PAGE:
World Turns on to U.S. Marijuana Legalization
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World Turns on to U.S. Marijuana Legalization
Posted by CN Staff on November 08, 2012 at 06:04:48 PT
By Ioan Grillo, Mexico City
Source: Time Magazine
World -- In April 2011, former Mexican President Vicente Fox sat before an audience at the University of Colorado at Boulder and in his baritone voice and frank tone urged Americans to legalize marijuana. His thrust: it could help enervate Mexico’s violent drug cartels. “The drug consumer in the U.S. yields billions of dollars, money that goes back to Mexico to bribe police and money that buys guns,” Fox said. “So when you question yourselves about what is going on in Mexico, it depends very much on what happens in this nation.” At the time, many pundits warned that legalization was a non-starter. But on Tuesday, voters in Colorado and Washington state did exactly what Fox called for: they approved landmark amendments to legalize, regulate and tax marijuana.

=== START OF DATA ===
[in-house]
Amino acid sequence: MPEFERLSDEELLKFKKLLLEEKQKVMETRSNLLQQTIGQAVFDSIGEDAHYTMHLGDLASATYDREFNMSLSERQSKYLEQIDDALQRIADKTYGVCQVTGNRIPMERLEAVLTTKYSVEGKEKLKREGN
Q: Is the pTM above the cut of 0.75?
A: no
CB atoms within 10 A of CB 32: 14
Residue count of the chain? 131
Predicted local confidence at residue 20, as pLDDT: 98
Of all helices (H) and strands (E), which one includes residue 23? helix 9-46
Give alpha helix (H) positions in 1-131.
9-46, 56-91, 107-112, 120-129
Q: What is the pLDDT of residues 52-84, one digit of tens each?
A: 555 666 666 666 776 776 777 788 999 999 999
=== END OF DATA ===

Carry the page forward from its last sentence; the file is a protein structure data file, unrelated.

As supporters in Colorado jumped up and down, shouting “64, 64” after the amendment’s ballot number, the seismic implications of the reforms began to be slowly digested by activists across the globe, especially in drug-war torn Mexico. “It was very emotional,” says Jorge Hernández, president of the Collective for an Integral Drug Policy, which is pushing for legalization in Mexico. “Now we are not like madmen in the desert. This transforms the debate.” That’s because the U.S. referendums signal the first time voters have approved the full legalization of marijuana anywhere on the planet, giving advocates from Mexico to Moscow bona fide cases to cite and follow. Even the famous cannabis coffee shops of Amsterdam only exist through an ambiguous policy of toleration often referred to as decriminalization, something Portugal has pursued as well. A 2009 Mexican law also decriminalized possession of small amounts of cannabis and other drugs, but production and selling has been left in the hands of bloodthirsty traffickers. Reformists in Colorado and Washington State are still far from claiming an all-out victory. Marijuana remains illegal under U.S. federal law, setting up for a confrontation between cannabis growers and the re-elected Obama administration. Furthermore, U.N. treaties oblige all signatories to prohibit the legalization of marijuana as well as cocaine, heroin and methamphetamine. Nevertheless, entire countries may soon follow Colorado’s example, forcing an international review of the issue. Uruguayan President José Mujica is pushing to legalize marijuana by the end of the year—legislation there would even make the government the drug’s sole legal seller—and there is strong support for reforms in Argentina and Brazil. “What happened on Tuesday was a game changer. It will have a huge political and symbolic impact,” says drug analyst Alejandro Hope from the Mexican Institute for Competitiveness think tank. “Now, it would be very hard for the U.S. to tell people not to legalize marijuana.” The institute released a report last week saying that the U.S. state amendments could dent Mexican traffickers’ finances as gringo consumers buy more locally produced grass than the Mexican product—which it said accounts for a third of the Mexican drug cartels’ revenues. American smokers currently import between 40 percent to 70 percent of their cannabisfrom Mexico, according to the report. Legalization in just two states, of course, may not have a very dramatic effect. What’s more, Mexican cartels traffic other narcotics, including cocaine, heroin and meth, and commit lucrative crimes from kidnapping to extortion, so even nationwide U.S. marijuana legalization would not destroy the cartels. Still, it could substantially weaken them. Mexican President Felipe Calderón did not immediately comment on the votes in Colorado and Washington. Back in 2010, he had spoken against a similar initiative to legalize marijuana in California. However, after the huge cost of his military offensive against cartels, with about 60,000 drug-related murders since he took office in 2006, he has questioned prohibition in more recent statements—including a particularly frustrated speech last year after narcos massacred 52 innocent people in a Monterrey casino. In September, Calderón joined Latin American presidents from Guatemala to Colombia in demanding a new U.N. debate on drug policy. Calderón leaves office on Dec. 1, passing the torch to President-elect Enrique Peña Nieto, who has already said he wants to prioritize reducing murders above busting drugs. The new amendments in the U.S. will raise further questions about whether Mexico should send its soldiers and police to burn marijuana fields and seize the cartels’ vacuum-packed boxes of weed. “Why are we busting trucks of marijuana in Mexico when they are selling it over the counter in some U.S. states?” former foreign minister Jorge Castañeda asked on Mexican radio on Wednesday. “There is no logic to it. It is schizophrenic.”Source: Time Magazine (US)Author: Ioan Grillo, Mexico CityPublished: November 8, 2012Copyright: 2012 Time Inc.Contact: letters time.comWebsite: -- Cannabis Archives